Subject: Indonesia Court Frees Timor Militia Leader After UN Call

Associated Press July 26, 2000

Indonesia Crt Frees Timor Militia Leader After UN Call

JAKARTA (AP)--Just hours after the U.N. Security Council called on Jakarta to crack down on anti-independence gangs conducting raids in East Timor, an Indonesian court Wednesday threw out criminal charges against a prominent militia leader.

The official Antara news agency said the district court in Kupang, in Indonesian West Timor, freed Eurico Guterres after dismissing charges that he had illegally carried weapons.

Presiding Judge Adelbert Tobing said the charges filed by Indonesian police against Guterres had been "vague." He said it wasn't clear whether Guterres, who is among hundreds of other militiamen sheltering in West Timor, was a civilian or a part of Indonesian military.

Guterres, head of the pro-Indonesian Aitarak militia, was arrested in Kupang in April.

Possession of automatic weapons is a felony in Indonesia and can carry a maximum penalty of seven years in prison.

The militia groups have been accused of murdering hundreds of people in East Timor before and after a U.N.-supervised ballot on Aug. 30 in which the territory's people voted for independence from Indonesian rule.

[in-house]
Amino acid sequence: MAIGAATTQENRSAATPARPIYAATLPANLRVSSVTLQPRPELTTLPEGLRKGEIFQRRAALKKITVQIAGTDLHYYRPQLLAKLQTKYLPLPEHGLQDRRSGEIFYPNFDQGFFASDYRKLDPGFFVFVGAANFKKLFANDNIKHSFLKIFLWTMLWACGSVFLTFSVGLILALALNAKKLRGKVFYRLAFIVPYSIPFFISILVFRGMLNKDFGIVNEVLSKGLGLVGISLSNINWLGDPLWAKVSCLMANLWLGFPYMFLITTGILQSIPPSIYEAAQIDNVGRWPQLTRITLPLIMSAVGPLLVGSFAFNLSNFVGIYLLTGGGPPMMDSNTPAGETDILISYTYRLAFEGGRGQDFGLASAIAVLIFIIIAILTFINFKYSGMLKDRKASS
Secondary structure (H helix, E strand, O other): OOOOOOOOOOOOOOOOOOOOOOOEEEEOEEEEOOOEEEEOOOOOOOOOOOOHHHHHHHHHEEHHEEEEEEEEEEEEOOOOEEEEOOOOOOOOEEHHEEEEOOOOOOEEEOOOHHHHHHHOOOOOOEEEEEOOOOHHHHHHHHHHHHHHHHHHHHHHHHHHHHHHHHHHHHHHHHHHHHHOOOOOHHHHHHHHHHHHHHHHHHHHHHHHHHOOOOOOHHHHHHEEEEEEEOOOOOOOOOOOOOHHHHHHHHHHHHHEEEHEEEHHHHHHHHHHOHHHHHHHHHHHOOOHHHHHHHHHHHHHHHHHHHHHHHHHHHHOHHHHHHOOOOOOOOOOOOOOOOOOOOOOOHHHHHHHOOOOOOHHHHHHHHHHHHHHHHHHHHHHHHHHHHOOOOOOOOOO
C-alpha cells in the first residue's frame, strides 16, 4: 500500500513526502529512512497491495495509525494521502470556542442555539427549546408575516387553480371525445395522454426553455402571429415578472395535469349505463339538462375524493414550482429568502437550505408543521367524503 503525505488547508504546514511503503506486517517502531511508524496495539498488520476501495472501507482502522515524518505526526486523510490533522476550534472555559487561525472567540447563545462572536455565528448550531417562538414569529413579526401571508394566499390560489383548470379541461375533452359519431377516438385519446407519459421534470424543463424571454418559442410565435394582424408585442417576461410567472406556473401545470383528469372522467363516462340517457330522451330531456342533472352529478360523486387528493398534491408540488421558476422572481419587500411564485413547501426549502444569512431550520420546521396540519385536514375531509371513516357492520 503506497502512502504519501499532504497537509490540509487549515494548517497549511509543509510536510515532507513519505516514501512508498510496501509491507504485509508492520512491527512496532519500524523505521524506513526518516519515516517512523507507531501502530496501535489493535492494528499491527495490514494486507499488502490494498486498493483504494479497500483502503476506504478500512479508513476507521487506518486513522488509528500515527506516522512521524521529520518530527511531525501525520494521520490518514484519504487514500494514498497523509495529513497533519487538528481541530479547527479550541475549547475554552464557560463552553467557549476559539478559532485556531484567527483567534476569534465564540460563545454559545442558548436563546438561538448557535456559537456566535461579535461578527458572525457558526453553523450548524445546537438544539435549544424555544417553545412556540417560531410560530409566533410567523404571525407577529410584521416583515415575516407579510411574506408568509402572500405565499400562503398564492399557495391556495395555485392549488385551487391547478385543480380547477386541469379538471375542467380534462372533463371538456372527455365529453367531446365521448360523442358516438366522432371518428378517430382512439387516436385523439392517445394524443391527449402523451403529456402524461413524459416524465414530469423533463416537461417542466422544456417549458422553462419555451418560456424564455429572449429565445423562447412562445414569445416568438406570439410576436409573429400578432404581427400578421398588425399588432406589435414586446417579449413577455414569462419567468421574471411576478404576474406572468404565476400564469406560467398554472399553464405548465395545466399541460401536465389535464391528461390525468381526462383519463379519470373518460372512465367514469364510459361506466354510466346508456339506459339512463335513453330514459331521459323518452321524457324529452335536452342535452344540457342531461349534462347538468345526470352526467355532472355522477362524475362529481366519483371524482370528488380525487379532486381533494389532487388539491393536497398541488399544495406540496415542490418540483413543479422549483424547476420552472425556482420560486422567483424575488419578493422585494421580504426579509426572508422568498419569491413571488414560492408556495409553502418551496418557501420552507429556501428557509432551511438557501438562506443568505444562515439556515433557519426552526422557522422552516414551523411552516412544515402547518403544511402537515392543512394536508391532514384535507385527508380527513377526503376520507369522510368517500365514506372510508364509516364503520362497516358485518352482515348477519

Guterres' Aitarak militia was based in Dili, East Timor's capital, and is blamed for much of the bloody mayhem.

The violence was quelled by international peacekeepers who were deployed across the devastated half-island territory in September.

Since then many militiaman fled to Indonesian West Timor. They have been accused of terrorizing East Timorese refugees in camps there and of regularly conducting cross-border attacks.

On Tuesday, the U.N. Security Council demanded Indonesia take tough action against militia groups after a U.N. peacekeeper was killed by a gang near the border.

The council urged Indonesia to cooperate with East Timor's U.N. administration "to end incursions from West Timor, to disarm and disband the militias, and to prosecute militia members guilty of crimes," said Patricia Durant, the council president and Jamaica's ambassador.

The call was made after a U.N. peacekeepers in East Timor accused a militia group of shooting a New Zealand army private to death and then mutilating his body on Monday.

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